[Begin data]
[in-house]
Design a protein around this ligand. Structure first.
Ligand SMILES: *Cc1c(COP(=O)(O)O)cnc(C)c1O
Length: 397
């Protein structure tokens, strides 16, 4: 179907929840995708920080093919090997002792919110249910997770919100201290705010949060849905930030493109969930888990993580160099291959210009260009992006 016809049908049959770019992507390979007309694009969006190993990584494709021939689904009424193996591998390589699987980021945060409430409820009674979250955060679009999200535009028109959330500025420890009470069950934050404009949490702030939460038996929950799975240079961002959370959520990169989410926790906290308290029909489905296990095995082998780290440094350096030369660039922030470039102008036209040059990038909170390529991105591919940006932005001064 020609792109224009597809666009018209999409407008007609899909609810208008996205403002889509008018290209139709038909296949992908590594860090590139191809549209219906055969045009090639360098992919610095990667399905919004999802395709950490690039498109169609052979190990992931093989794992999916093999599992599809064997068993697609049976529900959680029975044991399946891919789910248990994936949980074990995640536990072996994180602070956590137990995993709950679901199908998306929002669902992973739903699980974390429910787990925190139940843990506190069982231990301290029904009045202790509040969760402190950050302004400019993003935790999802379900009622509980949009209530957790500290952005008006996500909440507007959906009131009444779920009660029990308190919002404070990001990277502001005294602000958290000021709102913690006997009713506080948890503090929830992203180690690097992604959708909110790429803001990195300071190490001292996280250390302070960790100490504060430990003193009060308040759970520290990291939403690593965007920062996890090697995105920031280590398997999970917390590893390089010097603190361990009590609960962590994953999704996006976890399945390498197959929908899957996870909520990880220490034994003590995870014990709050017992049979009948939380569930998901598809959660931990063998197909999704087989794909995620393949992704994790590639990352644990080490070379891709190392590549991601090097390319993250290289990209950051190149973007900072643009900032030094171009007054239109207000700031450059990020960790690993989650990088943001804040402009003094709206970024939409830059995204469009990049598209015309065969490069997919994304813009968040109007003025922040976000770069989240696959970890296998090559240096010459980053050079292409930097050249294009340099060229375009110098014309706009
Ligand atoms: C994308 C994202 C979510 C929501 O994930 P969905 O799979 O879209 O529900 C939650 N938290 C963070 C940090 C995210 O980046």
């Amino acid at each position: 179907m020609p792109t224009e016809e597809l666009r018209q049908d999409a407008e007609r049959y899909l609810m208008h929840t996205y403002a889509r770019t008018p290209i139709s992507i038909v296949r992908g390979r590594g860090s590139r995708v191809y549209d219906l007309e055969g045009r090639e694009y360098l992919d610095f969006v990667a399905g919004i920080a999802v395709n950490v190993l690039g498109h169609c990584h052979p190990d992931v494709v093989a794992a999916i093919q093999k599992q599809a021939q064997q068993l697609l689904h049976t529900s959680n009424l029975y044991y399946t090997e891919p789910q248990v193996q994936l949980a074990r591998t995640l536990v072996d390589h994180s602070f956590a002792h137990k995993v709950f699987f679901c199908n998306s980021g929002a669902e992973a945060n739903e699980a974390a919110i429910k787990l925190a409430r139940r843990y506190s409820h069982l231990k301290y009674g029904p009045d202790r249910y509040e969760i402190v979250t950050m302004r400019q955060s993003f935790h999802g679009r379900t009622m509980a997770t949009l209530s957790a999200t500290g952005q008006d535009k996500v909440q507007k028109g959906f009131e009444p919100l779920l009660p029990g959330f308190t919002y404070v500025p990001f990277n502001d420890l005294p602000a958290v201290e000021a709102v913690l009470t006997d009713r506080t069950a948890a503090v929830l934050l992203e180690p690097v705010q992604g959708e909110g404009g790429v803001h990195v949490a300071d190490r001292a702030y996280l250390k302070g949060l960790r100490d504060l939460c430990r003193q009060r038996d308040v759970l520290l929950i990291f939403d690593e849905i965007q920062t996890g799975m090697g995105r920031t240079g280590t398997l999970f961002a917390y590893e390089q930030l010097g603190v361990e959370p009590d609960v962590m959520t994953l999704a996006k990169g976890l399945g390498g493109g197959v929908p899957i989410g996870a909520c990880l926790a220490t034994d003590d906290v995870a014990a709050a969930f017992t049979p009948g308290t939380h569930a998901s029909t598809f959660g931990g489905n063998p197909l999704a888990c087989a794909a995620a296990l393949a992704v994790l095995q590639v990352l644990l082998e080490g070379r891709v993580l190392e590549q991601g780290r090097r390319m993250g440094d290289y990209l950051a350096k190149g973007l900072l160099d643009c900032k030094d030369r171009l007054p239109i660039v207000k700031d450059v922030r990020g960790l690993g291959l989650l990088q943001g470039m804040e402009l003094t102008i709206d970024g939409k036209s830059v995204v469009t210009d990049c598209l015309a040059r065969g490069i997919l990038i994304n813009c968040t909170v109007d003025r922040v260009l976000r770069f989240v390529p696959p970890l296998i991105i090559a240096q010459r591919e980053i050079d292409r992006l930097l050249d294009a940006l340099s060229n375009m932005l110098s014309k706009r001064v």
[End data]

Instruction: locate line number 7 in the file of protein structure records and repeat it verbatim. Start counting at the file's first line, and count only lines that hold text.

């Amino acid at each position: 179907m020609p792109t224009e016809e597809l666009r018209q049908d999409a407008e007609r049959y899909l609810m208008h929840t996205y403002a889509r770019t008018p290209i139709s992507i038909v296949r992908g390979r590594g860090s590139r995708v191809y549209d219906l007309e055969g045009r090639e694009y360098l992919d610095f969006v990667a399905g919004i920080a999802v395709n950490v190993l690039g498109h169609c990584h052979p190990d992931v494709v093989a794992a999916i093919q093999k599992q599809a021939q064997q068993l697609l689904h049976t529900s959680n009424l029975y044991y399946t090997e891919p789910q248990v193996q994936l949980a074990r591998t995640l536990v072996d390589h994180s602070f956590a002792h137990k995993v709950f699987f679901c199908n998306s980021g929002a669902e992973a945060n739903e699980a974390a919110i429910k787990l925190a409430r139940r843990y506190s409820h069982l231990k301290y009674g029904p009045d202790r249910y509040e969760i402190v979250t950050m302004r400019q955060s993003f935790h999802g679009r379900t009622m509980a997770t949009l209530s957790a999200t500290g952005q008006d535009k996500v909440q507007k028109g959906f009131e009444p919100l779920l009660p029990g959330f308190t919002y404070v500025p990001f990277n502001d420890l005294p602000a958290v201290e000021a709102v913690l009470t006997d009713r506080t069950a948890a503090v929830l934050l992203e180690p690097v705010q992604g959708e909110g404009g790429v803001h990195v949490a300071d190490r001292a702030y996280l250390k302070g949060l960790r100490d504060l939460c430990r003193q009060r038996d308040v759970l520290l929950i990291f939403d690593e849905i965007q920062t996890g799975m090697g995105r920031t240079g280590t398997l999970f961002a917390y590893e390089q930030l010097g603190v361990e959370p009590d609960v962590m959520t994953l999704a996006k990169g976890l399945g390498g493109g197959v929908p899957i989410g996870a909520c990880l926790a220490t034994d003590d906290v995870a014990a709050a969930f017992t049979p009948g308290t939380h569930a998901s029909t598809f959660g931990g489905n063998p197909l999704a888990c087989a794909a995620a296990l393949a992704v994790l095995q590639v990352l644990l082998e080490g070379r891709v993580l190392e590549q991601g780290r090097r390319m993250g440094d290289y990209l950051a350096k190149g973007l900072l160099d643009c900032k030094d030369r171009l007054p239109i660039v207000k700031d450059v922030r990020g960790l690993g291959l989650l990088q943001g470039m804040e402009l003094t102008i709206d970024g939409k036209s830059v995204v469009t210009d990049c598209l015309a040059r065969g490069i997919l990038i994304n813009c968040t909170v109007d003025r922040v260009l976000r770069f989240v390529p696959p970890l296998i991105i090559a240096q010459r591919e980053i050079d292409r992006l930097l050249d294009a940006l340099s060229n375009m932005l110098s014309k706009r001064v």